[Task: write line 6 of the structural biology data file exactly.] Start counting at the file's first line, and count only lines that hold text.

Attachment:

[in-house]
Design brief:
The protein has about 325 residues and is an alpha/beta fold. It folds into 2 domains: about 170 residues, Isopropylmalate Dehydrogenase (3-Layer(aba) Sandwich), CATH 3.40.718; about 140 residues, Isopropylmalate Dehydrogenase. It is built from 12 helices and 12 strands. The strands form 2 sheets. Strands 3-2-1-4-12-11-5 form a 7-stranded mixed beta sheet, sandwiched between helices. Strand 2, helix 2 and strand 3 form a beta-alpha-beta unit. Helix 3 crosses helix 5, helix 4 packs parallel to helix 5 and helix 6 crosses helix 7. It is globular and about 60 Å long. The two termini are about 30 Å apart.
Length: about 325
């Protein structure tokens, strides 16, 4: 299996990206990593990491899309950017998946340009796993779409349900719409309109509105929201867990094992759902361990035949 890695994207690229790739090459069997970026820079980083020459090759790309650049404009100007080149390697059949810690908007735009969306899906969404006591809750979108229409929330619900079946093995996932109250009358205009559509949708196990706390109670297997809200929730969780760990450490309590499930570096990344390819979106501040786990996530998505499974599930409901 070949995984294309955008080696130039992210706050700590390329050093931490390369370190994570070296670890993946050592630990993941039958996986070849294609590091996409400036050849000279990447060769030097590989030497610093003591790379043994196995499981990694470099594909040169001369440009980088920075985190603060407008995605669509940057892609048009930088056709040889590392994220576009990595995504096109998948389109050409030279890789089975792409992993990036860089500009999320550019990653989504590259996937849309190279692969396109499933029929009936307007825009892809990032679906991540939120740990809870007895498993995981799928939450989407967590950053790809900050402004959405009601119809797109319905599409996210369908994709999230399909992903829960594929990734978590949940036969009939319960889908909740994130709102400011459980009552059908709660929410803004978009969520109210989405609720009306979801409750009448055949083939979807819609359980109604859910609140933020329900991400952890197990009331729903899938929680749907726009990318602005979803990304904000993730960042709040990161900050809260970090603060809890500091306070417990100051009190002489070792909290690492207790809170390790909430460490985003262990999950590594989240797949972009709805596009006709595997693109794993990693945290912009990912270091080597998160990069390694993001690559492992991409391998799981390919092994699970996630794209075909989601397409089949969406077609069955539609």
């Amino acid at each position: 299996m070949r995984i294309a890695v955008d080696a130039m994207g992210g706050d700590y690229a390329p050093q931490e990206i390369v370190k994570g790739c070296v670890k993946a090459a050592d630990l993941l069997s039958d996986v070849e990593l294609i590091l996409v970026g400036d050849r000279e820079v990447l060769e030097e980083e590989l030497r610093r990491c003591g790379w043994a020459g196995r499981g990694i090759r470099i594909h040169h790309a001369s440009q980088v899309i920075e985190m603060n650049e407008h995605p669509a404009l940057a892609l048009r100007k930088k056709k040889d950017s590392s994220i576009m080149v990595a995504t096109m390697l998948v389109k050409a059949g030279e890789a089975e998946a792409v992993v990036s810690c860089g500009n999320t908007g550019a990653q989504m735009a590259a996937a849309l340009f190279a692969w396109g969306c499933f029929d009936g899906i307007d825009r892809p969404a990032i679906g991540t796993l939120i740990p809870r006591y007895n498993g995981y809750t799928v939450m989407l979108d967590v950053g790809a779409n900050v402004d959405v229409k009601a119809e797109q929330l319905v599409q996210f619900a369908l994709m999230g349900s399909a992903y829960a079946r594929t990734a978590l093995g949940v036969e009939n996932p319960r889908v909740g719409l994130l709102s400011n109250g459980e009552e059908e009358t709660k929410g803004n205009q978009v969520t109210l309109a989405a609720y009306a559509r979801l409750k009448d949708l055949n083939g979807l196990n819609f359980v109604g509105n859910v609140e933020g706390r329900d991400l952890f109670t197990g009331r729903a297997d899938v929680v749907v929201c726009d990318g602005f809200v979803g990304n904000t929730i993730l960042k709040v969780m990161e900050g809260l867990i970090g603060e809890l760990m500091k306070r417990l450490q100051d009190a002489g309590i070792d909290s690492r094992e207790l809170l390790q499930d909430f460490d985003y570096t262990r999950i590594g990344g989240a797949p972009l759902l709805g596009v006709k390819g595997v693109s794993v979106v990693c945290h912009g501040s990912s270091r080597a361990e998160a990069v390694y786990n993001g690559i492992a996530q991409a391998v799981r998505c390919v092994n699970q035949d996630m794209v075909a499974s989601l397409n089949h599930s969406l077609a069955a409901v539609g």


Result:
């Amino acid at each position: 299996m070949r995984i294309a890695v955008d080696a130039m994207g992210g706050d700590y690229a390329p050093q931490e990206i390369v370190k994570g790739c070296v670890k993946a090459a050592d630990l993941l069997s039958d996986v070849e990593l294609i590091l996409v970026g400036d050849r000279e820079v990447l060769e030097e980083e590989l030497r610093r990491c003591g790379w043994a020459g196995r499981g990694i090759r470099i594909h040169h790309a001369s440009q980088v899309i920075e985190m603060n650049e407008h995605p669509a404009l940057a892609l048009r100007k930088k056709k040889d950017s590392s994220i576009m080149v990595a995504t096109m390697l998948v389109k050409a059949g030279e890789a089975e998946a792409v992993v990036s810690c860089g500009n999320t908007g550019a990653q989504m735009a590259a996937a849309l340009f190279a692969w396109g969306c499933f029929d009936g899906i307007d825009r892809p969404a990032i679906g991540t796993l939120i740990p809870r006591y007895n498993g995981y809750t799928v939450m989407l979108d967590v950053g790809a779409n900050v402004d959405v229409k009601a119809e797109q929330l319905v599409q996210f619900a369908l994709m999230g349900s399909a992903y829960a079946r594929t990734a978590l093995g949940v036969e009939n996932p319960r889908v909740g719409l994130l709102s400011n109250g459980e009552e059908e009358t709660k929410g803004n205009q978009v969520t109210l309109a989405a609720y009306a559509r979801l409750k009448d949708l055949n083939g979807l196990n819609f359980v109604g509105n859910v609140e933020g706390r329900d991400l952890f109670t197990g009331r729903a297997d899938v929680v749907v929201c726009d990318g602005f809200v979803g990304n904000t929730i993730l960042k709040v969780m990161e900050g809260l867990i970090g603060e809890l760990m500091k306070r417990l450490q100051d009190a002489g309590i070792d909290s690492r094992e207790l809170l390790q499930d909430f460490d985003y570096t262990r999950i590594g990344g989240a797949p972009l759902l709805g596009v006709k390819g595997v693109s794993v979106v990693c945290h912009g501040s990912s270091r080597a361990e998160a990069v390694y786990n993001g690559i492992a996530q991409a391998v799981r998505c390919v092994n699970q035949d996630m794209v075909a499974s989601l397409n089949h599930s969406l077609a069955a409901v539609g």